Effects of dietary zinc deficiency and repletion on metallothionein and Ki-67 in rat small intestine, liver and kidney
Szczurek, Elzbieta I.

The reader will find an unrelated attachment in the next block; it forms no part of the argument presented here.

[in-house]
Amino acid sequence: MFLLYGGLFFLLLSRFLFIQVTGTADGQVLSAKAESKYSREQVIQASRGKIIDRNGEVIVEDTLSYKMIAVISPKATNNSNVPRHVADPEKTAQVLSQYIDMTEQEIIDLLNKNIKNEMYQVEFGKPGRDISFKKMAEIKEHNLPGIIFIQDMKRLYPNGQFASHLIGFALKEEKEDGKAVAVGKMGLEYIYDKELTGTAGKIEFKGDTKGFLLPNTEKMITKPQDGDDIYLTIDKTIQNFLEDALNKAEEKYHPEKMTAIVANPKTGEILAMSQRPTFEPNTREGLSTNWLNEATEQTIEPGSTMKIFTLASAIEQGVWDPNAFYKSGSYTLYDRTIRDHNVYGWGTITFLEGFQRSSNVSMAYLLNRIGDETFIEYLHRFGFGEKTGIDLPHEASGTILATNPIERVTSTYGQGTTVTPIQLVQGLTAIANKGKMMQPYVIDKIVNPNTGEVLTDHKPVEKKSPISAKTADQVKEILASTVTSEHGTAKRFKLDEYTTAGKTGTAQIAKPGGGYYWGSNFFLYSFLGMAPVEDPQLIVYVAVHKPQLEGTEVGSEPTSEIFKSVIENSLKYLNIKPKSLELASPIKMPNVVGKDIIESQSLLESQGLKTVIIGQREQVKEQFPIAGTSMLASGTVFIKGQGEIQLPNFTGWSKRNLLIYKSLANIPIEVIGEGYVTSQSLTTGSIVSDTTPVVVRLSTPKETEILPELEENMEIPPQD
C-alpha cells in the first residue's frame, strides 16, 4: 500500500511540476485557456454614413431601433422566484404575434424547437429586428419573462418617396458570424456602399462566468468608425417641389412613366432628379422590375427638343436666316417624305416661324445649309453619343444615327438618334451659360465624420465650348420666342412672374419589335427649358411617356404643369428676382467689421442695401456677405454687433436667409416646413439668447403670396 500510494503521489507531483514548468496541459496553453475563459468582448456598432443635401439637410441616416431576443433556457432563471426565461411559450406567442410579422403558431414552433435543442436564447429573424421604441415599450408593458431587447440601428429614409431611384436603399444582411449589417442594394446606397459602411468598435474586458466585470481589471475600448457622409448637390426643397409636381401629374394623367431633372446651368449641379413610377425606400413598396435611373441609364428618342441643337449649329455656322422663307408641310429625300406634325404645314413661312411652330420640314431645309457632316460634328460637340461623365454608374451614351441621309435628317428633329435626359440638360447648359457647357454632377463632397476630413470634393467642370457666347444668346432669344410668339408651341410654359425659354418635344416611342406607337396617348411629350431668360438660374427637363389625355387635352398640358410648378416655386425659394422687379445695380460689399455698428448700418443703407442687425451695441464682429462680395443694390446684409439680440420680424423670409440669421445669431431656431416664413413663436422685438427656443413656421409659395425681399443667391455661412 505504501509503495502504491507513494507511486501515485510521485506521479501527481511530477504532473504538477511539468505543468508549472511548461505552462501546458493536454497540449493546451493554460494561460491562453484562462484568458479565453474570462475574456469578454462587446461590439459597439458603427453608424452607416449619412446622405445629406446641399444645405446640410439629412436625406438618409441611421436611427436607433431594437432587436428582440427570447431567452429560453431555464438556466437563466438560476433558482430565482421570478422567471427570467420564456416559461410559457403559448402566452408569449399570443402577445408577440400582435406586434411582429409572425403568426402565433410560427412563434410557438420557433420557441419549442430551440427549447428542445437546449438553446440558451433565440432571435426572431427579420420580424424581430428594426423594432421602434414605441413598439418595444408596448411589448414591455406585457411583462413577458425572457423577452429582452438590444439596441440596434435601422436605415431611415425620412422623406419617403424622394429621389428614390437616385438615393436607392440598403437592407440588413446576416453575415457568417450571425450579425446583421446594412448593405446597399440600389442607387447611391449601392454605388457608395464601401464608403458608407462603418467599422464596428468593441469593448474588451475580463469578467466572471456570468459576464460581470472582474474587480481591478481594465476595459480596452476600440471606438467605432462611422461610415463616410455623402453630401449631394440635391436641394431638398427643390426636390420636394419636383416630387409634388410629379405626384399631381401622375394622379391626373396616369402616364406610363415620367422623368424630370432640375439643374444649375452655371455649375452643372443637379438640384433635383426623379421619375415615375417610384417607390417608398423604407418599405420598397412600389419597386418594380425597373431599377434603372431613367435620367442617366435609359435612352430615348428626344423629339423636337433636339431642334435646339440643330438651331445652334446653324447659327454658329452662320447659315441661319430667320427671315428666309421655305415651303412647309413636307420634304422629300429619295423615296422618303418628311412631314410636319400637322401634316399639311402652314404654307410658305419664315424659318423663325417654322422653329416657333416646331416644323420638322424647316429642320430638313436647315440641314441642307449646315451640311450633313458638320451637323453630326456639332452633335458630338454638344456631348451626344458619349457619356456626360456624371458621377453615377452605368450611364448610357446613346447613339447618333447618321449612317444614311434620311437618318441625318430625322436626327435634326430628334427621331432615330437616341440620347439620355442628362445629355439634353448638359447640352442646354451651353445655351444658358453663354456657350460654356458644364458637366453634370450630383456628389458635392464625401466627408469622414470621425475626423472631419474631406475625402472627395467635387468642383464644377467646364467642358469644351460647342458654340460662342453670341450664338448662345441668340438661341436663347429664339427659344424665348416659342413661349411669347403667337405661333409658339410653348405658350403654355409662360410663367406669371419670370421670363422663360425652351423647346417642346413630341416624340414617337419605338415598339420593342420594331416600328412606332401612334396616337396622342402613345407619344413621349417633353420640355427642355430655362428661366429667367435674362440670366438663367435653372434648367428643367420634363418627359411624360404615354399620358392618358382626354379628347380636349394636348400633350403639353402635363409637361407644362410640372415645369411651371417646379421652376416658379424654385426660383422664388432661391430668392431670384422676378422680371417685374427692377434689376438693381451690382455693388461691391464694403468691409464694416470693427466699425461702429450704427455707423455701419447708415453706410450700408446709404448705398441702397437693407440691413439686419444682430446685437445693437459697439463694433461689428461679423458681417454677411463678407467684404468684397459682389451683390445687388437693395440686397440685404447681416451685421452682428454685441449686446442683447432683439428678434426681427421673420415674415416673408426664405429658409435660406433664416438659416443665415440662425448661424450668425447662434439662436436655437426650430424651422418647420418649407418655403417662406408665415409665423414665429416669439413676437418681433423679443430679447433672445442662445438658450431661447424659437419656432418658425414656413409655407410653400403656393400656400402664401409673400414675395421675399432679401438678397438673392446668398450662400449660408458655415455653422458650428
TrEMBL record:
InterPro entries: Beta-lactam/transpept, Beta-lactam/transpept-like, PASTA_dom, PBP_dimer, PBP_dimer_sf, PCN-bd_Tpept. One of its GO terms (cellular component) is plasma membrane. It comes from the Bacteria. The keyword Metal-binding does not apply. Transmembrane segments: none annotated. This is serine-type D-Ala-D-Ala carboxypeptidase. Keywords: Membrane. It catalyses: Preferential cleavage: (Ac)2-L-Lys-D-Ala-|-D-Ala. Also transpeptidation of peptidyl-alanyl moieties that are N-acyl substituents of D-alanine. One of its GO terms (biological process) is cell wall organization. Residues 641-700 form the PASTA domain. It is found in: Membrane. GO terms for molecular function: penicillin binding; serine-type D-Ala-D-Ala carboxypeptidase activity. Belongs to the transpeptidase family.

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Zinc is a nutrient essential for normal growth and development. Numerous cellular proteins involved in proliferative processes require zinc for their function. Metallothionein (MT), a metal binding protein, may regulate the interactions of zinc with cellular proteins, and thus, it may modulate zinc-dependent processes in cell proliferation. Dietary zinc can affect MT tissue concentration, however, the effect of zinc status on MT tissue distribution is unknown. Also, the interactions between dietary zinc and MT in relation to cell cycle activity have not been investigated. The objective of this study was to examine the effects of zinc deficiency and repletion on MT concentration, and MT and Ki-67 immunohistochemical localization in small intestine, liver and kidney. Weanling Sprague Dawley rats were assigned to zinc-deficient (ZD), pair-fed (PF) and control (C) groups for 3 weeks. Half of (ZD), and PF rats were repleted with the control diet (ZR and PFR groups) for an additional 24 hours. Zinc status, tissuezinc and MT concentration, and immunohistochemical localization of MT and Ki-67, a cell cycle-associated marker, were determined. (Abstract shortened by UMI.)